Let’s dive into how to harden our WordPress installs in order to make life a little more difficult for attackers.

Keep reading to learn more about each of these 16 ways to harden your WordPress website security:

  1. Use HTTPS.
  2. Always use strong passwords.
  3. Use password managers to store your passwords.
  4. Enable Captcha on Login forms.
  5. Prevent brute-force login attempts.
  6. Use two-factor authentication.
  7. Keep up-to-date plugins.
  8. Set Security HTTP Headers.
  9. Set the correct file permissions for WordPress files.
  10. Disable file editing from WordPress.
  11. Disable all unnecessary features.
  12. Hide the WordPress version.
  13. Install a WordPress firewall.
  14. Keep backups.
  15. Use SFTP.
  16. Monitor users’ activities.

1. Secure Your Site With HTTPS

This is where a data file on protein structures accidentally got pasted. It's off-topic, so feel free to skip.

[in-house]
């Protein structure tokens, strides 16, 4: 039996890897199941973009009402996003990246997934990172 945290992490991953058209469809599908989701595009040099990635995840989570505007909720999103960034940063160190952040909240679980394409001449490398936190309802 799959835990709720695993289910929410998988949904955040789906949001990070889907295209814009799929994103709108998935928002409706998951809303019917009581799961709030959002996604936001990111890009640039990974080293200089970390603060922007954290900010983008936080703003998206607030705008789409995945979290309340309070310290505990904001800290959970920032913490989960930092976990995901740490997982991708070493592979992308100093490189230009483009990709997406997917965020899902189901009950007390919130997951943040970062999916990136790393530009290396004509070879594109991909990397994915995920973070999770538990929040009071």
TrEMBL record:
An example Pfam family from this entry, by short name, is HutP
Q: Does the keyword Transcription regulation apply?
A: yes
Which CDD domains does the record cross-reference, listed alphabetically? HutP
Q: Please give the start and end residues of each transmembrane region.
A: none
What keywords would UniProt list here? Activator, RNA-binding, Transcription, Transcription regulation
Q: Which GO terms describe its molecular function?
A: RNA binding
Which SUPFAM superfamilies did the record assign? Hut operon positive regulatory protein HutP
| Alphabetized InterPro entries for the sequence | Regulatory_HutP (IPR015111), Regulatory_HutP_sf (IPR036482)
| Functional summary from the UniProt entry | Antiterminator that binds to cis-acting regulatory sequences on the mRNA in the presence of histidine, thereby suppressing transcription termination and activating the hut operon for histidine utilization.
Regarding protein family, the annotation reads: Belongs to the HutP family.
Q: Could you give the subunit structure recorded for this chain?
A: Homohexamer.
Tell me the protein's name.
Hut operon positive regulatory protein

It isn’t by accident that we’ll start by securing the website with HTTPS.

Everything you do flows through the network and wire cables. HTTP exchanges data as plain text between browser and server. Therefore, anyone who has access to the network between the server and the browser is able to view your unencrypted data.

If you don’t protect your connection, you’re at risk of exposing sensitive data to attackers. With HTTPS, your data will be encrypted and attackers will not be able to read the data transmitted even if they have access to your network.

So the number one step for securing your website is enabling HTTPS. If you haven’t moved to HTTPS yet, you can use this guide to move your WordPress to HTTPS.